By David D. Stone
I was a guest lecturer at a colleague's pre-thesis seminar class recently where a foreign student wanted to know if "hospitality design was the design of hospitals." I understood his confusion, and after I explained what hospitality design encompasses, this student told me he was interested in designing a kidney hospital and studying the effect daylight would have on patients. Neither my teaching colleague nor I had heard of kidney hospitals as stand-alone institutions, yet evidently, they are prevalent in the part of the world he is from. This exchange caused me to ponder the different understandings and background each person brings to his or her design experience and also be grateful that such diversity in design exists.
A naturally curious designer, I enjoy carefully looking at new interior spaces that I encounter, especially restaurants, showrooms, retail establishments and grocery stores—places outside my typical corporate business practice. Last year, I was exposed to the world of assisted living and nursing-home facilities when I helped place a family member in one and was struck by how many of the spaces I saw were devoid of good design. While a few of the places attempted to make the space "feel like home," many of them were reminders of bad communal hospital rooms reminiscent of old movies. The rooms looked like old dorms; they smelled of industrial-strength cleaners; the walls and floors were covered in easily scrubbed finishes; every place had harsh, overhead lighting, and they were generally dismal and depressing. We ultimately chose proximity over ambiance in our search, forgoing the "comforts of home" for a more institutional-feeling facility within 10 minutes of our family.
Our own search was for a long-term care solution that would emulate that of the home being left behind, reflecting the white, middle-class New England location of our family member's upbringing. A white, middle-class setting is not hard to find in New England, but I wonder how my friend's student would fare if he were in a similar situation in Massachusetts.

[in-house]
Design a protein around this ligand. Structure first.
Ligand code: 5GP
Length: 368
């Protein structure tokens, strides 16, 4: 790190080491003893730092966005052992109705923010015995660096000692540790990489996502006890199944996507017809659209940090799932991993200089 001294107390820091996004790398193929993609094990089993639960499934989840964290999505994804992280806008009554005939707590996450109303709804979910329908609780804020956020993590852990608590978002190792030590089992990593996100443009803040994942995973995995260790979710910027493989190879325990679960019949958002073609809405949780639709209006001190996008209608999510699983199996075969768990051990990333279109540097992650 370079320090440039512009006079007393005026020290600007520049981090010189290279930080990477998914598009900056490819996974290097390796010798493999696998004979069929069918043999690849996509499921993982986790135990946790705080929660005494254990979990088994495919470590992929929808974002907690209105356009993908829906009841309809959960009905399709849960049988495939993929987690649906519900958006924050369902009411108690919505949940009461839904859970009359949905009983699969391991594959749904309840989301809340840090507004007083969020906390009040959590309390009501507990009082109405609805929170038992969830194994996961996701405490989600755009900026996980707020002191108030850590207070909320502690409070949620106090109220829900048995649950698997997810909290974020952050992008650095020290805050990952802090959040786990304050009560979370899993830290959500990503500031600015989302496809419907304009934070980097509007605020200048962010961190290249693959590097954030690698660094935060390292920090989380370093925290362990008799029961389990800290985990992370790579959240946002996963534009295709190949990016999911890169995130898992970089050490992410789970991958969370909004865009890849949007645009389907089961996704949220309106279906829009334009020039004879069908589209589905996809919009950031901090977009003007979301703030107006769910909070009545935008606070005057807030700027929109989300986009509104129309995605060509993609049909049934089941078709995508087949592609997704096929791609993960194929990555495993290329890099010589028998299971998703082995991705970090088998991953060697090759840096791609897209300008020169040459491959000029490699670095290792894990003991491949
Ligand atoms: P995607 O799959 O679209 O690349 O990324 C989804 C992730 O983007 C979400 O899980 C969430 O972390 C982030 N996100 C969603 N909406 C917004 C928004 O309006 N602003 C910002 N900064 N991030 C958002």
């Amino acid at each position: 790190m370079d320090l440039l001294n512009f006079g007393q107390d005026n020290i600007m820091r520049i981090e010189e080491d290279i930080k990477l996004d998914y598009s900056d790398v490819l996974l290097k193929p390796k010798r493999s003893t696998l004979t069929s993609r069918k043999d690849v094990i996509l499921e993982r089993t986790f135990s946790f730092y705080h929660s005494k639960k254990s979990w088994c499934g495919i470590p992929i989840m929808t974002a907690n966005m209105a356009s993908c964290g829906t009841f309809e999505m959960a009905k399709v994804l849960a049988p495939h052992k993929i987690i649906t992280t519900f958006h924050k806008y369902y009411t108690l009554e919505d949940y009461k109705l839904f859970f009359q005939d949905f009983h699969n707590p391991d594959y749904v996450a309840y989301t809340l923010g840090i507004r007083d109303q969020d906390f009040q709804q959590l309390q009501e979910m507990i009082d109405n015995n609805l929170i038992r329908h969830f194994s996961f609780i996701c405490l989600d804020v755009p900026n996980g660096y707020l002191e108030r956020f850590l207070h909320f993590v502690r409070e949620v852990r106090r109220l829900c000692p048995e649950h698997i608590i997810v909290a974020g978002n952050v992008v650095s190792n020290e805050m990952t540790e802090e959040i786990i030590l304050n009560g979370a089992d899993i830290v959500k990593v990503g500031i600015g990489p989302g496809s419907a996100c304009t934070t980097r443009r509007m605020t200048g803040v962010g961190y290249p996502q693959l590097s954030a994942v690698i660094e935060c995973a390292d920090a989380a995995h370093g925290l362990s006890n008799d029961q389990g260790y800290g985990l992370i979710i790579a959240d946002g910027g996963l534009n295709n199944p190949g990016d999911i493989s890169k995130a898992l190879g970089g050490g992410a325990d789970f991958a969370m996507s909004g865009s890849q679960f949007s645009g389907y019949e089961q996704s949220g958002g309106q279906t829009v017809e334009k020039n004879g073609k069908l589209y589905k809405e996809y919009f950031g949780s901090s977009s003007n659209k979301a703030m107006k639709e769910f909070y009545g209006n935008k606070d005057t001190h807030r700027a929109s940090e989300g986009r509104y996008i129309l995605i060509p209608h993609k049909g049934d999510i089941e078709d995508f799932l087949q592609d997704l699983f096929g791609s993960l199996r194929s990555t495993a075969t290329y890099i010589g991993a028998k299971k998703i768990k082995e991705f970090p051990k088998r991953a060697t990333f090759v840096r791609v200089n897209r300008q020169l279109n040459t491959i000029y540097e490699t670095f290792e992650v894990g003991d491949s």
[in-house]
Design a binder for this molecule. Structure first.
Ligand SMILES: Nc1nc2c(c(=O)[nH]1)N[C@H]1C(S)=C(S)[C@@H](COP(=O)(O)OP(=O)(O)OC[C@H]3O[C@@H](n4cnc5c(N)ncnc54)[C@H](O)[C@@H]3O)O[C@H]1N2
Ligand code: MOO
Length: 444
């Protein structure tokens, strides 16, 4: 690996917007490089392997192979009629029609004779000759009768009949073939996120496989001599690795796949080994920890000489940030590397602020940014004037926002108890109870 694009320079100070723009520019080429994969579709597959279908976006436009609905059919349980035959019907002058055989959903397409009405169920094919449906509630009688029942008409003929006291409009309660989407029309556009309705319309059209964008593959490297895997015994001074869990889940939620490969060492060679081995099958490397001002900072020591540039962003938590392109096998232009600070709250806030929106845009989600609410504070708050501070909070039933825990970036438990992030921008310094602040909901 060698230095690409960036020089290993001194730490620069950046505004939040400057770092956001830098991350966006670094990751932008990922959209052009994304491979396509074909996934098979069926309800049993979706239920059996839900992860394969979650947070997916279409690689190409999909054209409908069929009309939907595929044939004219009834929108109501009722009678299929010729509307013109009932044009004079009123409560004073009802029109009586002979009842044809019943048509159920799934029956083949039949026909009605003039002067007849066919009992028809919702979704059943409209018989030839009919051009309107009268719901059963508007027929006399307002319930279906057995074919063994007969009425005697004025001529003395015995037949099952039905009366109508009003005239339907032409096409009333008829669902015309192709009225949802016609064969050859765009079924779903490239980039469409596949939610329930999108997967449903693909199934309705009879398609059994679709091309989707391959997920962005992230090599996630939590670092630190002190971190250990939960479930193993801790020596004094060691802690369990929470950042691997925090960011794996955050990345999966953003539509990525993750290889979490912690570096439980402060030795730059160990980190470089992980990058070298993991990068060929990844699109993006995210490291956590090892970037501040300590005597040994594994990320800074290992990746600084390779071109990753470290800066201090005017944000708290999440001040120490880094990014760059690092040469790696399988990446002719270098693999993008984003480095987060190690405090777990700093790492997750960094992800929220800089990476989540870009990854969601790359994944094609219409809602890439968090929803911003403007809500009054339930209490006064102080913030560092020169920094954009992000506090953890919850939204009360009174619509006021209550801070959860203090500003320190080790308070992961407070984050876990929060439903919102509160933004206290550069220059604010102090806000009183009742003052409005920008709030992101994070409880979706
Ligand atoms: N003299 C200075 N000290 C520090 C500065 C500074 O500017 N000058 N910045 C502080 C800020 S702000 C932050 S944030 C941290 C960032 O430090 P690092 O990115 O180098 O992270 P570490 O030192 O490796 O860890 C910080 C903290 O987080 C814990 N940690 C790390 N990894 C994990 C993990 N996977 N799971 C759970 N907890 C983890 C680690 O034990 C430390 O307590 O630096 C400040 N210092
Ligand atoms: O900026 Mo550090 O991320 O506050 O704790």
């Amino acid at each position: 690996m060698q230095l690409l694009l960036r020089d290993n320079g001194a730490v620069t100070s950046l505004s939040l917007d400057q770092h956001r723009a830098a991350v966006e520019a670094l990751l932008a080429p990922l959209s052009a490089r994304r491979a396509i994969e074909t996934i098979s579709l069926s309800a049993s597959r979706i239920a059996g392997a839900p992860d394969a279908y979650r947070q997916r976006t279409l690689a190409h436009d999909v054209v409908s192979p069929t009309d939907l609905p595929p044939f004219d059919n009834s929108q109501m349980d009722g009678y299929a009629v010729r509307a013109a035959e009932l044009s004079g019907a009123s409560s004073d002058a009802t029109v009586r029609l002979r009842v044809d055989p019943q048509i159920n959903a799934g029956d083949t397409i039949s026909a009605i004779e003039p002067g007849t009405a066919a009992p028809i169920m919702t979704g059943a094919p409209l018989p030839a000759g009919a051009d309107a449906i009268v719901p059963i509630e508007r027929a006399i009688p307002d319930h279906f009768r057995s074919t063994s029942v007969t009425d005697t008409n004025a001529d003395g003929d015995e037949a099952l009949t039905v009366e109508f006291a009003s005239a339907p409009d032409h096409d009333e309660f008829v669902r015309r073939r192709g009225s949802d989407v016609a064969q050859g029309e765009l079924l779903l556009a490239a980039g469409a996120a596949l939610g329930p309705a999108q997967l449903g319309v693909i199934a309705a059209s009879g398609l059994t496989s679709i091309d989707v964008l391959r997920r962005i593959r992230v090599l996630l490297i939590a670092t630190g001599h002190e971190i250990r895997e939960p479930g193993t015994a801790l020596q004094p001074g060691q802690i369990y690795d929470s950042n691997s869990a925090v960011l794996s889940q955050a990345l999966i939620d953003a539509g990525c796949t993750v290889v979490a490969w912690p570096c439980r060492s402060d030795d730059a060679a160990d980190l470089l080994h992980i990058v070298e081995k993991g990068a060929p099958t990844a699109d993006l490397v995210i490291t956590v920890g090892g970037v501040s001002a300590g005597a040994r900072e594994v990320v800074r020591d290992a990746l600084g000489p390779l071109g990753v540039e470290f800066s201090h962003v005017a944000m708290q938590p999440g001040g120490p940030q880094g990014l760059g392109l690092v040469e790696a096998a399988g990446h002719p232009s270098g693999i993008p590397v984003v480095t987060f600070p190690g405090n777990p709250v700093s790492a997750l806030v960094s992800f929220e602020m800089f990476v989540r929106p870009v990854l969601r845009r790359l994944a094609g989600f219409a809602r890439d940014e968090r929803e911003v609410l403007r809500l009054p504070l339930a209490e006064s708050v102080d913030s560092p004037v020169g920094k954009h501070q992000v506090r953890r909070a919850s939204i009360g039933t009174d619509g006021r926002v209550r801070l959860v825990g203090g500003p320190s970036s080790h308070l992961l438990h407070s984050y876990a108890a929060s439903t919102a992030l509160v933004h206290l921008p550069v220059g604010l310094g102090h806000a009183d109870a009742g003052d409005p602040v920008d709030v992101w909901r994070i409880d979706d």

Cultural perspectives, religion and even sexual orientation of the users of designed spaces are becoming areas that need to be better addressed in all design projects. Even health beliefs (beyond the usual faith-based issues), behavior settings (not only Alzheimer's concerns) and the physical limitations of workers and customers (since we are all working and living longer) are having impacts on the programmatic and design needs of our clients as we develop creative solutions to the problems presented to us.
The aging population—the first of the Baby Boomers will be turning 60 this year—and changes in American families (immigrant and 10th generation alike) affect all aspects of design and will have a profound impact on our business for years to come. The latest U.S. census form included 63 racial categories, and for the first time, allowed respondents to check more than one box. (Just 10 years ago, there were only four races on the form.) America's Hispanic population increased by 58 percent since 1990 to 35.3 million. The number of Hispanics is now almost equal to the number of non-Hispanic blacks, who remain the nation's largest minority group. Census data also show that Americans in the 1990s continued a 30-year trend away from the traditional "married with children" family. Fewer than one in four households now consists of a married couple and their children. (www.pbs.org/newshour/extra)
Shifting demographics mean that the nature of our projects will change accordingly. Additionally, as professionals continue to look for opportunities globally, we will need to be well-versed in the varying cultures, customs and needs of our clients. For those professionals who wish to remain competitive, it is more important than ever that we pursue continuing education or experiences that stretch our understanding of diversity. NCIDQ, ASID, IIDA and IDC all offer continuing education opportunities through workshops or even online learning.
I have learned that while attending a seminar or completing a self-study examination are worthwhile, there is nothing like teaching a classroom of curious, diverse students to expand my curiosity and learning. I was delighted this student had the courage to ask about hospitality design and even more grateful that he is joining the ranks of professional interior designers. And I am also thankful that it has awakened a new awareness of the full expanse of the word "diversity" in our profession. Our world will be better—for all—because of those like him.
David D. Stone is an NCIDQ Certificate holder and a member of the NCIDQ Board of Directors. David works in the Interior Design department of Symmes Maini & McKee Associates in Cambridge, MA, a multi-disciplinary design firm, where he is a Senior Associate. Also a past IIDA New England chapter President and Vice President of Government and Regulatory Affairs, he is active in the efforts of the Massachusetts Interior Design Coalition (MIDC) in seeking practice act legislation in the Commonwealth of Massachusetts. NCIDQ's self-study monograph series includes five titles ranging from ethics to structural design. Visit www.ncidq.org for more information.